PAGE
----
Happy Endings

About five years ago, I had a run of incredibly ambivalent luck when, over the course of a single summer I read the novels The Time Traveler’s Wife, Never Let Me Go, Children of Men, and Oryx & Crake.  This was a profoundly disturbing experience for me as I am a shallow person who doesn’t just tend toward happy endings but rather seeks them out with the unerring, indefatigable single-mindedness of a Sidewinder missile hot on the exhaust of an enemy jet.

For those of you who haven’t had a chance to read these four excellent works, I urge you to go do that now because this post is going to be full of inadvertent SPOILERS.

I started that summer with Time Traveler’s Wife having no idea what lay before me.  I had read some glowing book review somewhere, needed something read, and eagerly dove in.  The first two thirds of this book are so much fun and the quirky, out-of-sequence love story is so clever and beguiling that you really have no idea that the light at the end of the tunnel is actually a gamma ray burst that will hollow out your happiness for the next four months. 

Seeking to shake myself from the well of despair that book left me in, I immediately jumped into Children of Men.  At least this one didn’t pretend to be a happy shiny love story before it grew fangs and went for my giblets.  Children starts off in a weary, gray version of Earth where the population has become steadily more infertile over time until the people of Earth are just wiling away the hours until oblivion comes to collect them.  Front to back, this is a tour of the despair of knowing one’s demise is imminent, but instead of being about a single person dying of cancer, it’s about a whole race simply dying out.  If you’ve seen the move, by the way, you haven’t read the book.  They took some serious departures there, as usual.

Once again stunned and disoriented, I turned to Oryx & Crake.  I had never read the book of The Handmaid’s Tale but I’d seen the movie so I should have been at least partially warned.  My problem is that when I decide to read a book or watch a movie, I refuse to read any reviews beforehand.  I want the experience, good or bad, to be all mine.  Oryx & Crake, it turns out, is another book about the human race eking out its last desperate puffs of breath.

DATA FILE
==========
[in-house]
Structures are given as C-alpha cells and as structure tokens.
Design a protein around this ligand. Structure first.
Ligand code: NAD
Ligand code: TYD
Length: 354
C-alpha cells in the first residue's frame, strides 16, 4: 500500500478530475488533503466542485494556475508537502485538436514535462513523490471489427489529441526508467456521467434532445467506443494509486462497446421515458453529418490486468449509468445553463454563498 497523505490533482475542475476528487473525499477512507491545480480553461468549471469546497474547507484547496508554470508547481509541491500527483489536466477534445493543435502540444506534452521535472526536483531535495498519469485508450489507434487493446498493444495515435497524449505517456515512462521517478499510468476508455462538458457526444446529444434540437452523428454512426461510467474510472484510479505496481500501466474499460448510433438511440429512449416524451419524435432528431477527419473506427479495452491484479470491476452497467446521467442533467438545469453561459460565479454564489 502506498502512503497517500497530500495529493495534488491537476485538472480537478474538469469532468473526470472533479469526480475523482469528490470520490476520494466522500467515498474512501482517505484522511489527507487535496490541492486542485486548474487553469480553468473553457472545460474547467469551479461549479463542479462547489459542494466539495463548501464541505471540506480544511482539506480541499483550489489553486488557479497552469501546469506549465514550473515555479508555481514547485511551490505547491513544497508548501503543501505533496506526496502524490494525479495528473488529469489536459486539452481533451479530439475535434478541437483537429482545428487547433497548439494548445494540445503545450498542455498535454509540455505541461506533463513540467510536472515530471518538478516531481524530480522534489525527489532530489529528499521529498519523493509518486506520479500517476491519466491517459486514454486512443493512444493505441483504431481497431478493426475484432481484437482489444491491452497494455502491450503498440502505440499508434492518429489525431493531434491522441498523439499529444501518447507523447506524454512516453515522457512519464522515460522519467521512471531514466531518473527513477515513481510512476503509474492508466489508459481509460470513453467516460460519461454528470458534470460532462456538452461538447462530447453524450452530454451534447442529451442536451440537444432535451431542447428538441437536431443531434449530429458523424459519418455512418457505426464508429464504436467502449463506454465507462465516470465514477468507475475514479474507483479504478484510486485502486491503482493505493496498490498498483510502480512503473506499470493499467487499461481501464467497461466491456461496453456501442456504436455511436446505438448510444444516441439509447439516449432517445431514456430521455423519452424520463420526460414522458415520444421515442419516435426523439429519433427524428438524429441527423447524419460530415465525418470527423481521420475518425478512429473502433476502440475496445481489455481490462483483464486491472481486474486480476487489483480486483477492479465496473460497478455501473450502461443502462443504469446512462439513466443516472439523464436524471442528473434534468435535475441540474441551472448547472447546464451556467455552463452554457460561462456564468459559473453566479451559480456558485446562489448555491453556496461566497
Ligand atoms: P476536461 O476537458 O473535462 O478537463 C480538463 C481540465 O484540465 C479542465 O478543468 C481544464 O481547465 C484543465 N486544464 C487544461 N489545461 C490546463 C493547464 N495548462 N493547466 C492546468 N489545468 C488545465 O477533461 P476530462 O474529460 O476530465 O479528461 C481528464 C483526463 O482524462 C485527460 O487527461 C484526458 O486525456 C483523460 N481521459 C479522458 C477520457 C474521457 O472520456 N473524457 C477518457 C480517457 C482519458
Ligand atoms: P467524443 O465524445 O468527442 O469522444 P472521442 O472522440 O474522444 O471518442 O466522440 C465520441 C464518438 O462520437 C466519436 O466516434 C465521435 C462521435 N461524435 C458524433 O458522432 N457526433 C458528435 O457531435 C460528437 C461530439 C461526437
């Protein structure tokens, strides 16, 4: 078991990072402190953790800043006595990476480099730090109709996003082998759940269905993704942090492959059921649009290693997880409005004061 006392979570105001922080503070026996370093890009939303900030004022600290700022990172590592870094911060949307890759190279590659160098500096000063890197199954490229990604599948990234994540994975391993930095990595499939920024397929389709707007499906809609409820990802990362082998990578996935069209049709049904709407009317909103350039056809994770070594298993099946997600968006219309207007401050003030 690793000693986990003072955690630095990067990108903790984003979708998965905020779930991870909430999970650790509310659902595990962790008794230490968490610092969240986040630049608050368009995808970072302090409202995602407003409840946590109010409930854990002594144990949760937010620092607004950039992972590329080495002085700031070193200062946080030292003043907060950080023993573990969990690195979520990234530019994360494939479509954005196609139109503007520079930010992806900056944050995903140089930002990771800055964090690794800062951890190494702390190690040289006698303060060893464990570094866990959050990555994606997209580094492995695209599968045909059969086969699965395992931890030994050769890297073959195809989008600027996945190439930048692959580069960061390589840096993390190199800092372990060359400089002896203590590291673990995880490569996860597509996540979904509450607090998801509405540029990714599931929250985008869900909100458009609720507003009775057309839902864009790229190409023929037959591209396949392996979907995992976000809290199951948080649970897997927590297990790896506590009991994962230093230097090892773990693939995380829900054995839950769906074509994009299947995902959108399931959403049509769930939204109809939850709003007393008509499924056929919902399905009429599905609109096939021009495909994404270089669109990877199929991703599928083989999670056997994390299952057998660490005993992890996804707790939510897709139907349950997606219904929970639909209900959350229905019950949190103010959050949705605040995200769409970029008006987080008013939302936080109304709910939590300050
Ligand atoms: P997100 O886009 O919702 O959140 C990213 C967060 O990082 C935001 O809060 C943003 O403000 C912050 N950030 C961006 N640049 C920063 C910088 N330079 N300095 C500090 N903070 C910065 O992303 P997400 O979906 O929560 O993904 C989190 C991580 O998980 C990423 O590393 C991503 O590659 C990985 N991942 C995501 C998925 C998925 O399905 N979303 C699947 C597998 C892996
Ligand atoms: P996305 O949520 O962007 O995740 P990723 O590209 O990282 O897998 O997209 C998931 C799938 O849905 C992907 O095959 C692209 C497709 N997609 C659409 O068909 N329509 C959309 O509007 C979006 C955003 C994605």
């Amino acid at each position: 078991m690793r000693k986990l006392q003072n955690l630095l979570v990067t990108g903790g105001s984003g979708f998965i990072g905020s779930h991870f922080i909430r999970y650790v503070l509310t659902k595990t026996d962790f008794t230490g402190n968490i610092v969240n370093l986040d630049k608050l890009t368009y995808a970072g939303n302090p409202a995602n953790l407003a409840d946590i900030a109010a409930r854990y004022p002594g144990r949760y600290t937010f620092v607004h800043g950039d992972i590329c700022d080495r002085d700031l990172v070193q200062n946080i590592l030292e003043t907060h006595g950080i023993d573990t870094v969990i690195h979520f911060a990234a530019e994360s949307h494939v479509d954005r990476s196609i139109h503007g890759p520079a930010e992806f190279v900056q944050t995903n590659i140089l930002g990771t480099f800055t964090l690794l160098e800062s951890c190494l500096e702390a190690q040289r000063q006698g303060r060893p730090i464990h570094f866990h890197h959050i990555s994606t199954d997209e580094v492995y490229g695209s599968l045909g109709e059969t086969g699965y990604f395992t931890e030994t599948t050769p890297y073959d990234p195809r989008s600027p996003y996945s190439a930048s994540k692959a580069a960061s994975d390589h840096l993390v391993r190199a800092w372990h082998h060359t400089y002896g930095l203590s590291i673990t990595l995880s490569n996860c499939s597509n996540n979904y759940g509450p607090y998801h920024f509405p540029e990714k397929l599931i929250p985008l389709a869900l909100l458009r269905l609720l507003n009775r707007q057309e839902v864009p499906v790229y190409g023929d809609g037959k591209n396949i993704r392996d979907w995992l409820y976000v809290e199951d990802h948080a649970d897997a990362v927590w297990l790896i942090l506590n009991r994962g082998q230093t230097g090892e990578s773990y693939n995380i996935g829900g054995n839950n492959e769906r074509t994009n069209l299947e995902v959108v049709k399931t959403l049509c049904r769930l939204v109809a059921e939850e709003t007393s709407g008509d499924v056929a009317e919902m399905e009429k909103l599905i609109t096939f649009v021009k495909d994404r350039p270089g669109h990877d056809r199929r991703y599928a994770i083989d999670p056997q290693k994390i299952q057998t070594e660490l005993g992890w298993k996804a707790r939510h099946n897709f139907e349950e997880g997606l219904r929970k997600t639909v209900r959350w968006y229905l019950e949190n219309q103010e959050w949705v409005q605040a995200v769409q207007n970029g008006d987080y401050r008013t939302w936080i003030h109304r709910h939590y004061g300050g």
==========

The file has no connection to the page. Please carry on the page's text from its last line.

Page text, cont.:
At this point, I asked MLA to hide all the sharp things in the house. 

If I remember correctly, it took me two months to read those three books.  While I tore through Time Traveler in a hurry, my pace was slowed appreciably for the others by work & family demands and a general lack of momentum caused by the contents of the books.

Finally, I set to reading Never Let Me Go.  This book was so disquieting that I didn’t even start to read anything else for a month after I finished.  This is rare for me.  I always have to have a book in progress or I go crazy.  Just to give you an idea of what a chipper and upbeat story this is, let me just say that it’s about a group of children growing up in a special boarding school.  What’s special about this school is that the children are clones being set aside so that they can make “donations” later in life when their originals need an organ.  What makes it worse is that all of that happens mostly in the background while in the foreground it’s just a story about kids growing up together and all the drama entailed therein.  I think the fact that the story never really deals head on with their situation makes it all the more horrific.

Let me pause for a moment to save you from a potential bout of suicidal depression by detailing the correct order in which to read these books:

1) Never Let Me Go, Kazuo Ishiguro

2) Ready Player One, Ernest Cline

3) Children of Men, P. D. James

4) Agent to the Stars, John Scalzi

5) Oryx & Crake, Margaret Atwood

6) Android’s Dream, John Scalzi

7) The Time Traveler’s Wife, Audrey Niffenegger

8) Red Shirts, John Scalzi

Notice that I lean pretty heavily on John Scalzi for the interstitial reads.  That’s because, as I’ll discuss in a future post, he is a master plotter who knows how to bring home the happy ending.  There is little that is more satisfying than reading the last page of a Scalzi story.

Anyway, the reason I bring this up (apart from being a warning to others) is that these four authors did something I would never do.  I wasn’t kidding when I said I like happy endings.  I would never in a million years set out to write a book that ends like Oryx & Crake or Time Traveler’s Wife and I would never set a novel in a world as bleak as Children of Men or Never Let me Go.  I would not seek to do it and I would not allow myself to accidentally do it because I do not have that much self confidence.

I mean, honestly, you have to have a ton of faith in your prose style and you storytelling skills to place a story in a gray, uninteresting landscape because you don’t have fantastical adventures as a break from the relentlessly downbeat surroundings.  And as far as the ending is concerned?  No way would I try to pull off the ones from Time Traveler’s Wife or Oryx & Crake because I would have trouble believing I had left the reader feeling fulfilled.  That’s something I’m very touchy about.

Now, just to be clear, I’m not bagging on these books – they were each an excellent experience in their own way – I’m just saying that the emotional impact of reading them was profound and long lasting.  It’s sort of like a meal you had once that you loved but would never order again because it was just too rich.

Maybe someday I will have the courage to move into that gray area but for now I will continue to seek out (and to write) upbeat, if not outright happy, endings for my own peace of mind.


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